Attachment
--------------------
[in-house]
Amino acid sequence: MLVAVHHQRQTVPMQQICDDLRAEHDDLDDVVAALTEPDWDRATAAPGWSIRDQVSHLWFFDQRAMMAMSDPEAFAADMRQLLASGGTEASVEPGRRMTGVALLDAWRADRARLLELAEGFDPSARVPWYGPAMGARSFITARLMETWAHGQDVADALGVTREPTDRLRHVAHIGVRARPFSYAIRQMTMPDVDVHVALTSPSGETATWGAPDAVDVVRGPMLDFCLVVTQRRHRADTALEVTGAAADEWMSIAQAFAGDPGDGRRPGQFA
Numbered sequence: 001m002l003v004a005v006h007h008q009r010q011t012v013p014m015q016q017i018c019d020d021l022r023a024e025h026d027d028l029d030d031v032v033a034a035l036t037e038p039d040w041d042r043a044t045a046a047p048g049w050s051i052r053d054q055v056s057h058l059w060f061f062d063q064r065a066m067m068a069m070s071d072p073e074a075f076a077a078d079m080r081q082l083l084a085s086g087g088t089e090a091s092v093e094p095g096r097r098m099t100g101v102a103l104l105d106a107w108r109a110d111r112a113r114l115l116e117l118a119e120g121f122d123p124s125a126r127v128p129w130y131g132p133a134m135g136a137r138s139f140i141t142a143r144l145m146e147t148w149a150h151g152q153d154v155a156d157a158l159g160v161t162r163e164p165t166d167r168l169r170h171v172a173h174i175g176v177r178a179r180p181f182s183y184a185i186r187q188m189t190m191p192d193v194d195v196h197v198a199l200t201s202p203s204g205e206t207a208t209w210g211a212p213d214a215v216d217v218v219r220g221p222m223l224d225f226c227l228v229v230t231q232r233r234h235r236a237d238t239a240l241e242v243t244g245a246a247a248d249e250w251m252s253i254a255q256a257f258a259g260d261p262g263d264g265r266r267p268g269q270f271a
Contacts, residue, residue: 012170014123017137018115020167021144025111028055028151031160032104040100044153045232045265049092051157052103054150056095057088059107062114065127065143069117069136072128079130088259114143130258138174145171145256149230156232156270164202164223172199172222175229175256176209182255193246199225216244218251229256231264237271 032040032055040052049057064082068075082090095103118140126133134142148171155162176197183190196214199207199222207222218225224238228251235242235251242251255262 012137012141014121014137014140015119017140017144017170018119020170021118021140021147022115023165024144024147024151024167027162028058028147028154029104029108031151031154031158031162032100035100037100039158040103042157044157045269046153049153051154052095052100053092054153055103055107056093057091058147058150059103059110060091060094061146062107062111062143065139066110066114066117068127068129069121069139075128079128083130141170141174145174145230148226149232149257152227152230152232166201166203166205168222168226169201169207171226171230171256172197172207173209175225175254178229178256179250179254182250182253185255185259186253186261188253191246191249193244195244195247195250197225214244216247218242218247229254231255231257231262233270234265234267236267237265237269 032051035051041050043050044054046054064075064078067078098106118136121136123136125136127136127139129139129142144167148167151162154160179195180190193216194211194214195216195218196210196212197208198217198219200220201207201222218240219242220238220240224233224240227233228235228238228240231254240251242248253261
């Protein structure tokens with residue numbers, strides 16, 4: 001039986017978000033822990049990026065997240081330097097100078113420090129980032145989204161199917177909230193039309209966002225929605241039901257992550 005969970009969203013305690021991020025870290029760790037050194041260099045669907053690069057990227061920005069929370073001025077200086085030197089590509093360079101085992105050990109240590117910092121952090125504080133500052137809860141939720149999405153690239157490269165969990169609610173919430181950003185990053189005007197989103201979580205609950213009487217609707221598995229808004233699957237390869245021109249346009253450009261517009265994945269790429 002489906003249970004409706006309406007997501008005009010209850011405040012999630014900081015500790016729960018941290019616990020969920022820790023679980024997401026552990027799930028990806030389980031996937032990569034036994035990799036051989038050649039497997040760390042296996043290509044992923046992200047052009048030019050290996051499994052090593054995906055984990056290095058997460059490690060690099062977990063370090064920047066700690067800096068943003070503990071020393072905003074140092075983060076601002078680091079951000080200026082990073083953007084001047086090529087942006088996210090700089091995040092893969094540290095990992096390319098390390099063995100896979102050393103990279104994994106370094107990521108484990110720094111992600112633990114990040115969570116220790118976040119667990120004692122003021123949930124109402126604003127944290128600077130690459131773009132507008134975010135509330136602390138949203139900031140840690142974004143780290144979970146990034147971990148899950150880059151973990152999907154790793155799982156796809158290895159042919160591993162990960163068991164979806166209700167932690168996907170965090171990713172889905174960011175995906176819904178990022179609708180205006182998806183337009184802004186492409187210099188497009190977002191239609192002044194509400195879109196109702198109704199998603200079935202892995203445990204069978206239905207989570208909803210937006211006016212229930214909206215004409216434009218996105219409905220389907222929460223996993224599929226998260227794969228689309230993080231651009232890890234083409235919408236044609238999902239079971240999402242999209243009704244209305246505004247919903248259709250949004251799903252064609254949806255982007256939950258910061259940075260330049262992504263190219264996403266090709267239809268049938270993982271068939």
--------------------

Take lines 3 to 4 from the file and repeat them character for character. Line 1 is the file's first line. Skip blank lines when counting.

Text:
Numbered sequence: 001m002l003v004a005v006h007h008q009r010q011t012v013p014m015q016q017i018c019d020d021l022r023a024e025h026d027d028l029d030d031v032v033a034a035l036t037e038p039d040w041d042r043a044t045a046a047p048g049w050s051i052r053d054q055v056s057h058l059w060f061f062d063q064r065a066m067m068a069m070s071d072p073e074a075f076a077a078d079m080r081q082l083l084a085s086g087g088t089e090a091s092v093e094p095g096r097r098m099t100g101v102a103l104l105d106a107w108r109a110d111r112a113r114l115l116e117l118a119e120g121f122d123p124s125a126r127v128p129w130y131g132p133a134m135g136a137r138s139f140i141t142a143r144l145m146e147t148w149a150h151g152q153d154v155a156d157a158l159g160v161t162r163e164p165t166d167r168l169r170h171v172a173h174i175g176v177r178a179r180p181f182s183y184a185i186r187q188m189t190m191p192d193v194d195v196h197v198a199l200t201s202p203s204g205e206t207a208t209w210g211a212p213d214a215v216d217v218v219r220g221p222m223l224d225f226c227l228v229v230t231q232r233r234h235r236a237d238t239a240l241e242v243t244g245a246a247a248d249e250w251m252s253i254a255q256a257f258a259g260d261p262g263d264g265r266r267p268g269q270f271a
Contacts, residue, residue: 012170014123017137018115020167021144025111028055028151031160032104040100044153045232045265049092051157052103054150056095057088059107062114065127065143069117069136072128079130088259114143130258138174145171145256149230156232156270164202164223172199172222175229175256176209182255193246199225216244218251229256231264237271 032040032055040052049057064082068075082090095103118140126133134142148171155162176197183190196214199207199222207222218225224238228251235242235251242251255262 012137012141014121014137014140015119017140017144017170018119020170021118021140021147022115023165024144024147024151024167027162028058028147028154029104029108031151031154031158031162032100035100037100039158040103042157044157045269046153049153051154052095052100053092054153055103055107056093057091058147058150059103059110060091060094061146062107062111062143065139066110066114066117068127068129069121069139075128079128083130141170141174145174145230148226149232149257152227152230152232166201166203166205168222168226169201169207171226171230171256172197172207173209175225175254178229178256179250179254182250182253185255185259186253186261188253191246191249193244195244195247195250197225214244216247218242218247229254231255231257231262233270234265234267236267237265237269 032051035051041050043050044054046054064075064078067078098106118136121136123136125136127136127139129139129142144167148167151162154160179195180190193216194211194214195216195218196210196212197208198217198219200220201207201222218240219242220238220240224233224240227233228235228238228240231254240251242248253261